Accuracy of Death Certifications and the Implications for Studying Disease Burdens

  • J. R. Pierce
  • A. V. Denison


For at least five centuries,  death certificates had been used by governments and scientists to judge the health of populations, study epidemiologic associations, and formulate public policy. In most modern countries, the maintenance, dissemination, and study of  vital statistics is an important governmental function. Death certificates are also important legal documents. Many previous studies have established significant inaccuracies in the cause of death as reported on death certificates. Other studies have reported inaccuracies in demographic information, such as race, occupation, and alcohol use, as reported on death certificates. Despite these limitations, death certificates remain an important tool for researchers,  population health scientists, and policymakers. Strategies to improve the accuracy of death certificates include education of certifiers, performance of more autopsies, and comparison of information on death certificates to similar information contained in other databases.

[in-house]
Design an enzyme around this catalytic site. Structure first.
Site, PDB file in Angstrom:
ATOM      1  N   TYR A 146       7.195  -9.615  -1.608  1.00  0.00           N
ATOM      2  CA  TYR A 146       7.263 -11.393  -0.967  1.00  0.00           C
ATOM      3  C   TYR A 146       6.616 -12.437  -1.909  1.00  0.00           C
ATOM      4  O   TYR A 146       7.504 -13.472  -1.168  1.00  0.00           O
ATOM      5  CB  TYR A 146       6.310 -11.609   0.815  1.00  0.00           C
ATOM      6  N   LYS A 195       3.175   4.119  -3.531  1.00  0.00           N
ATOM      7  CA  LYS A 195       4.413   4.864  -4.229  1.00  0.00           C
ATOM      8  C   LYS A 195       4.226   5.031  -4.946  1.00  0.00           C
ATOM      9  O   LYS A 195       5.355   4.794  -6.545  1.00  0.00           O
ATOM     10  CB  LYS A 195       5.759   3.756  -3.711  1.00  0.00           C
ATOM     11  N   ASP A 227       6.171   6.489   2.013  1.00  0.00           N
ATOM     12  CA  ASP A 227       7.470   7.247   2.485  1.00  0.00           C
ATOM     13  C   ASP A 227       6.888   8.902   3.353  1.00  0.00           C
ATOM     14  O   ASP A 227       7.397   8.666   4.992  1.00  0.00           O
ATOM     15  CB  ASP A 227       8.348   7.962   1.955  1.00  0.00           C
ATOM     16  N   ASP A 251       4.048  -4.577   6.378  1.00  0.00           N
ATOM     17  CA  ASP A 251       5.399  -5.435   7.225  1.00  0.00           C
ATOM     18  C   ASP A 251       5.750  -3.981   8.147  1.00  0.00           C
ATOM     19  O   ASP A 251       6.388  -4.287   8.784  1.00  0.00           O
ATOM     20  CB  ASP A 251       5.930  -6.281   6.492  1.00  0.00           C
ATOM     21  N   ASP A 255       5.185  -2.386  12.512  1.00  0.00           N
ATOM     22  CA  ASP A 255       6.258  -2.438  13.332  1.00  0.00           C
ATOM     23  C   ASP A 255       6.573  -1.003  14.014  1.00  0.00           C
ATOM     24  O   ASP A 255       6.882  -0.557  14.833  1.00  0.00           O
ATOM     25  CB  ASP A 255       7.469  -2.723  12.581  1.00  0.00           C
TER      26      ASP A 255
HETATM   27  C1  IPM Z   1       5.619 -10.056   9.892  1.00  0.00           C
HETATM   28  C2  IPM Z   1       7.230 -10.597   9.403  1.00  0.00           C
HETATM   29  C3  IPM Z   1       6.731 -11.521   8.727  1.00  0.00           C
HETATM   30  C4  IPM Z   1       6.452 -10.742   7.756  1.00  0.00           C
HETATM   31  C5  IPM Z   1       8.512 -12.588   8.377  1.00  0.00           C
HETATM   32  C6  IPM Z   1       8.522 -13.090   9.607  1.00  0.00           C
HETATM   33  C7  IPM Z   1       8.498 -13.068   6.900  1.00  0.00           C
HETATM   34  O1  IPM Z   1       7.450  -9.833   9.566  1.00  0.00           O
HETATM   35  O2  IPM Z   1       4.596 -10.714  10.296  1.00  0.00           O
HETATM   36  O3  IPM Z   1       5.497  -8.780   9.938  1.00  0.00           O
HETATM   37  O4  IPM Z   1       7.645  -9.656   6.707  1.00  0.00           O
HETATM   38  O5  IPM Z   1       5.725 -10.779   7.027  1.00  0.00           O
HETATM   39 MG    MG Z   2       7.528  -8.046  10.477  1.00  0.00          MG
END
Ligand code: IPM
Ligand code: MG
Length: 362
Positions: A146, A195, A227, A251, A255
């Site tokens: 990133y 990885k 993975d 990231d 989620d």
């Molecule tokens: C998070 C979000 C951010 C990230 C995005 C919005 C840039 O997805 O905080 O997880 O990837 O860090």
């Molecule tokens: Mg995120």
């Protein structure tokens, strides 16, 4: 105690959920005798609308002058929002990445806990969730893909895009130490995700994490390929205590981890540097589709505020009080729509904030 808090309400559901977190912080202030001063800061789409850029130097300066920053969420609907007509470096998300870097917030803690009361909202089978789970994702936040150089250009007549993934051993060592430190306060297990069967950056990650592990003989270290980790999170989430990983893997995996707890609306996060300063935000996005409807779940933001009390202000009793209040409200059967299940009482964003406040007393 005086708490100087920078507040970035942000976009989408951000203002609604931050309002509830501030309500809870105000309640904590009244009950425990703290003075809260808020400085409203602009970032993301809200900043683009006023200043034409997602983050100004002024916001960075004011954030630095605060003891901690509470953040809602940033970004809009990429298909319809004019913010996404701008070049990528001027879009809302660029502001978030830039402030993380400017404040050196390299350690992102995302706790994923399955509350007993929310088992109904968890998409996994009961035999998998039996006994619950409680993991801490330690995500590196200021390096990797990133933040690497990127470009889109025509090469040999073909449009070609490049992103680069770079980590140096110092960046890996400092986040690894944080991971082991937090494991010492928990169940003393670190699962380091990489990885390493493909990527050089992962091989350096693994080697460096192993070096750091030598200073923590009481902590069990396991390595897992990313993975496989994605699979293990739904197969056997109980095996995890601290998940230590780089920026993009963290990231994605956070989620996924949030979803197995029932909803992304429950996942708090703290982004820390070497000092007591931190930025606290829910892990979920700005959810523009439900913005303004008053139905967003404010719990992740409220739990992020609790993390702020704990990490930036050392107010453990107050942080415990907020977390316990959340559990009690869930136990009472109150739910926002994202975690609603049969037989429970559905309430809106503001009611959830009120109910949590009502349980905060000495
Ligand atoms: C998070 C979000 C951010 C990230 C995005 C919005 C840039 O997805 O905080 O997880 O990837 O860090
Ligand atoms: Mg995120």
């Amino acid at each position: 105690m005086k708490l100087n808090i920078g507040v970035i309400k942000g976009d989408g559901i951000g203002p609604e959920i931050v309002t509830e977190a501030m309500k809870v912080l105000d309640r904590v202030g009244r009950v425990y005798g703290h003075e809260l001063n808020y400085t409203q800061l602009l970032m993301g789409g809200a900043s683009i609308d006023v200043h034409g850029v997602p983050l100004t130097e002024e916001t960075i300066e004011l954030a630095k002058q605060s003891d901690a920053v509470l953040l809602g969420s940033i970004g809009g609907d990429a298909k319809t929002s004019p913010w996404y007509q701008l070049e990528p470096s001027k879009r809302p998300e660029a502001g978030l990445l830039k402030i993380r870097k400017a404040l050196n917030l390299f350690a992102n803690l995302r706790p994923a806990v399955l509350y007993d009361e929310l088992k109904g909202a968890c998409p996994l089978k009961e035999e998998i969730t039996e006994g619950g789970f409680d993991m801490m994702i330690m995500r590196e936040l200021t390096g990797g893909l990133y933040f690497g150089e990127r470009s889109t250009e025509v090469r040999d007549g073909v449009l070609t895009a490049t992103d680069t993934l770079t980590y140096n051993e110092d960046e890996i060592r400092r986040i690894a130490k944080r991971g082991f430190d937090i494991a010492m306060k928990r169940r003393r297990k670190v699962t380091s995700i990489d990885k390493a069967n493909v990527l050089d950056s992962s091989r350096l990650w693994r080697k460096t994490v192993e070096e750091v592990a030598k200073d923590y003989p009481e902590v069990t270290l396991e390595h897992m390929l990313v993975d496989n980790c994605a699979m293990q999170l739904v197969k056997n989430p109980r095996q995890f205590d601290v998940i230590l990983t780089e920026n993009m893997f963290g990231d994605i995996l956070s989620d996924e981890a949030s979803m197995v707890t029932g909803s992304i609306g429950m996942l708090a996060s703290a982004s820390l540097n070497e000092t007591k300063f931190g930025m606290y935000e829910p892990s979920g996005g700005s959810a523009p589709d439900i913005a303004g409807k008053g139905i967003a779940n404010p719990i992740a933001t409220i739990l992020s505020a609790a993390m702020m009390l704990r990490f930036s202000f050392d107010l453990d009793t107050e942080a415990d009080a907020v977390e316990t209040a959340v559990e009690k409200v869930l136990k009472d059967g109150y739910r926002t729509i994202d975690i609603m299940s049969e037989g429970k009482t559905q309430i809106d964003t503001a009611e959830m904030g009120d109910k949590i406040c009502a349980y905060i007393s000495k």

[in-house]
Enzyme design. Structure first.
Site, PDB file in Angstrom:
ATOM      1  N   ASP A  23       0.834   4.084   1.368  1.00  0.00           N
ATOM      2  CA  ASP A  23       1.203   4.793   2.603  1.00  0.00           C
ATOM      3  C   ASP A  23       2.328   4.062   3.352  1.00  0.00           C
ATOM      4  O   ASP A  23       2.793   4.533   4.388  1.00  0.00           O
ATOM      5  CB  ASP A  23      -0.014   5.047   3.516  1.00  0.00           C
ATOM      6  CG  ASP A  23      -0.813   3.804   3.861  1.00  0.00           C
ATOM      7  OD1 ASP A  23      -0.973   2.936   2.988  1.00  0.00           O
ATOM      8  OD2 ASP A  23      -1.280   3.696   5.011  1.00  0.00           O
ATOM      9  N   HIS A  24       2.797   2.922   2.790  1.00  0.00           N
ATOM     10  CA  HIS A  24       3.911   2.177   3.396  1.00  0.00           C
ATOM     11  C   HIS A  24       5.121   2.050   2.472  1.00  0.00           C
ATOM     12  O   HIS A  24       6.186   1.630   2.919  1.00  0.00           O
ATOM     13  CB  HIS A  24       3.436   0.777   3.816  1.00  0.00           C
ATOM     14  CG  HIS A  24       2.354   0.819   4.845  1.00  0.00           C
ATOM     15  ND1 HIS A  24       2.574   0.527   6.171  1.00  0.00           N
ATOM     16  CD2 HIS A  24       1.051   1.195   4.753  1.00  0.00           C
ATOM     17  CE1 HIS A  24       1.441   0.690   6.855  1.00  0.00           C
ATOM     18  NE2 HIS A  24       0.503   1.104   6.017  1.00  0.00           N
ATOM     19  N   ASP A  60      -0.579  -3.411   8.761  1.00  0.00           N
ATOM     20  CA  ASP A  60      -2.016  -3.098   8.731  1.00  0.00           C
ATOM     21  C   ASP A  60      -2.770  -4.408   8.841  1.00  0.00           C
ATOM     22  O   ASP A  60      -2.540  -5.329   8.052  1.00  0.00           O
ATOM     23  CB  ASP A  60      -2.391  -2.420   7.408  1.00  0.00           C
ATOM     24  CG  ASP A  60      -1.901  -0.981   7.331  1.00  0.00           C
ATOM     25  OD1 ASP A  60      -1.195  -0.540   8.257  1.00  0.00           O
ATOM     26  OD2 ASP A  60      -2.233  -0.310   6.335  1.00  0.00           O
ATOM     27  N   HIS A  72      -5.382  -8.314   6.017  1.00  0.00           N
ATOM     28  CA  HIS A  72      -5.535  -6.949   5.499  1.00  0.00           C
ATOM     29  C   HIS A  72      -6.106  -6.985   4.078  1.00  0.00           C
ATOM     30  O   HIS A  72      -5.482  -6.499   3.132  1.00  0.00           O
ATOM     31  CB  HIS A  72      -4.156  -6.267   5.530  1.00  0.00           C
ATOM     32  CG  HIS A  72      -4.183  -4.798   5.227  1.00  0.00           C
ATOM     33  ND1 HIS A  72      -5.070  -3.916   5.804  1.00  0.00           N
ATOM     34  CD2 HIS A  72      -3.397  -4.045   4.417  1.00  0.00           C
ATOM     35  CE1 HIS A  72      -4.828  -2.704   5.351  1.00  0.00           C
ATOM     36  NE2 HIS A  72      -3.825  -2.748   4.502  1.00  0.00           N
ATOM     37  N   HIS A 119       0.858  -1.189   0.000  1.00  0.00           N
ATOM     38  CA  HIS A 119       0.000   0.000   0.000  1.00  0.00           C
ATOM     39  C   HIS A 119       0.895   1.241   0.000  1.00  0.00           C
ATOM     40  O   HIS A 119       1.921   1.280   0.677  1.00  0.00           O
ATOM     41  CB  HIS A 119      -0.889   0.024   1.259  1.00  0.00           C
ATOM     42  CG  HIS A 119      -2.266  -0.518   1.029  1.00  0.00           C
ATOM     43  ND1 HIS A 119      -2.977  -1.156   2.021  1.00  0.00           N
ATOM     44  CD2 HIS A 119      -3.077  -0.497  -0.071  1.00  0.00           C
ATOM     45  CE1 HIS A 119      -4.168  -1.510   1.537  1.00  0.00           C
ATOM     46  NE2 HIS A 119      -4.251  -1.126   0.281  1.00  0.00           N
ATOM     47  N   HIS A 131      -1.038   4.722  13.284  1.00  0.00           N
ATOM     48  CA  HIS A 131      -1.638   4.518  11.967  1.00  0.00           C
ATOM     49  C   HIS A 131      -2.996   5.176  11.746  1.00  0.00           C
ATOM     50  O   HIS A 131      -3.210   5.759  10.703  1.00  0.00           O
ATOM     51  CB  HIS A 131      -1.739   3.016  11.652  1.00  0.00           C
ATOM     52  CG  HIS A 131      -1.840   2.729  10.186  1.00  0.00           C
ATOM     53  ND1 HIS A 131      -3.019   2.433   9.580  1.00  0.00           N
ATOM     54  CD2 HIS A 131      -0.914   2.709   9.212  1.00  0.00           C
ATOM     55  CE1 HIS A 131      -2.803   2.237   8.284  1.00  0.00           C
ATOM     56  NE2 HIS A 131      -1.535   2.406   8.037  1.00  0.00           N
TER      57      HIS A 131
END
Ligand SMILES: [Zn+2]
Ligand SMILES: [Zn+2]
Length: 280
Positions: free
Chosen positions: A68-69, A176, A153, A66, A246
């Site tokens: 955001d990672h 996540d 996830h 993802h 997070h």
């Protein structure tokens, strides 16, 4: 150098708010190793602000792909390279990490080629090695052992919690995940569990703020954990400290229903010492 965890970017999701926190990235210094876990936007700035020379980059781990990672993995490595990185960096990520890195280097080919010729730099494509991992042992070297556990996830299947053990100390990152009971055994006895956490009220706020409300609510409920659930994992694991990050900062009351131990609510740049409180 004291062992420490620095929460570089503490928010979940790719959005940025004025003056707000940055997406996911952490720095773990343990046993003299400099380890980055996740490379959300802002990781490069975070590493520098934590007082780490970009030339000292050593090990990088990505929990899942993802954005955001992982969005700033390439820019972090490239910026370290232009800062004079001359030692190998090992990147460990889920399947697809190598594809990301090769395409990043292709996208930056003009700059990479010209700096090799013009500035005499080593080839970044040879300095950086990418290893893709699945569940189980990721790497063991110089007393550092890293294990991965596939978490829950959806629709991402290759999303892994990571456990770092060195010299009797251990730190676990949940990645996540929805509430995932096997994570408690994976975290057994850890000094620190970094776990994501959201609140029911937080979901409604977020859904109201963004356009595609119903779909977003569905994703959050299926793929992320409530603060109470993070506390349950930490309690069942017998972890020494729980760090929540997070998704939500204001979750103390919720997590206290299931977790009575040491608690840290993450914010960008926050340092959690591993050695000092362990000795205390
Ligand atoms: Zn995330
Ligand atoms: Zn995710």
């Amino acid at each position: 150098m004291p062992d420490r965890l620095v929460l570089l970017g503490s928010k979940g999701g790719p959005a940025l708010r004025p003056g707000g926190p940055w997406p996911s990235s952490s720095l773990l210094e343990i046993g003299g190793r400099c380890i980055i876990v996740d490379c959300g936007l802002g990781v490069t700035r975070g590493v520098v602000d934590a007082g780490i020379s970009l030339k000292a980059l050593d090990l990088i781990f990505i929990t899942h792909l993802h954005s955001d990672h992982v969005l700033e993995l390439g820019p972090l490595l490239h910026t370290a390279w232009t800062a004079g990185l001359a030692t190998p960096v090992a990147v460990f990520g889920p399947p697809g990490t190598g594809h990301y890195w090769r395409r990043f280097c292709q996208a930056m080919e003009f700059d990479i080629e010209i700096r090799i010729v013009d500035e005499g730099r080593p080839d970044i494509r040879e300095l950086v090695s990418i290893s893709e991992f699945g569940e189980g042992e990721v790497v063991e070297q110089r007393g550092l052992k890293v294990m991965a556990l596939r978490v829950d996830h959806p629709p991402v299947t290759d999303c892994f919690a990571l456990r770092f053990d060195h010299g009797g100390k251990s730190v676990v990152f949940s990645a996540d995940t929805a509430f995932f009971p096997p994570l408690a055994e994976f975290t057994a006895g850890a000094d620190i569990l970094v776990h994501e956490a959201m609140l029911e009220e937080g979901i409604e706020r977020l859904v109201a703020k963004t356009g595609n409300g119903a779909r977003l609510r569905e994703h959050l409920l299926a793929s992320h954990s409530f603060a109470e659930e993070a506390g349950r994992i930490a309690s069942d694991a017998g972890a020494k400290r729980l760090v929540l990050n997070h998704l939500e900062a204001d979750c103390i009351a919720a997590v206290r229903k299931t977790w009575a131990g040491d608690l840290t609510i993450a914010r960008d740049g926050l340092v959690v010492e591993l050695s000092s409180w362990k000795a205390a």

Vital Statistic Death Certificate Verbal Autopsy Death Registration Registration Area 
These keywords were added by machine and not by the authors. This process is experimental and the keywords may be updated as the learning algorithm improves.

List of Abbreviations:


 International Classification of Disease


United Kingdom


United States of America


World Health Organization


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Authors and Affiliations

  • J. R. Pierce
  • A. V. Denison

There are no affiliations available

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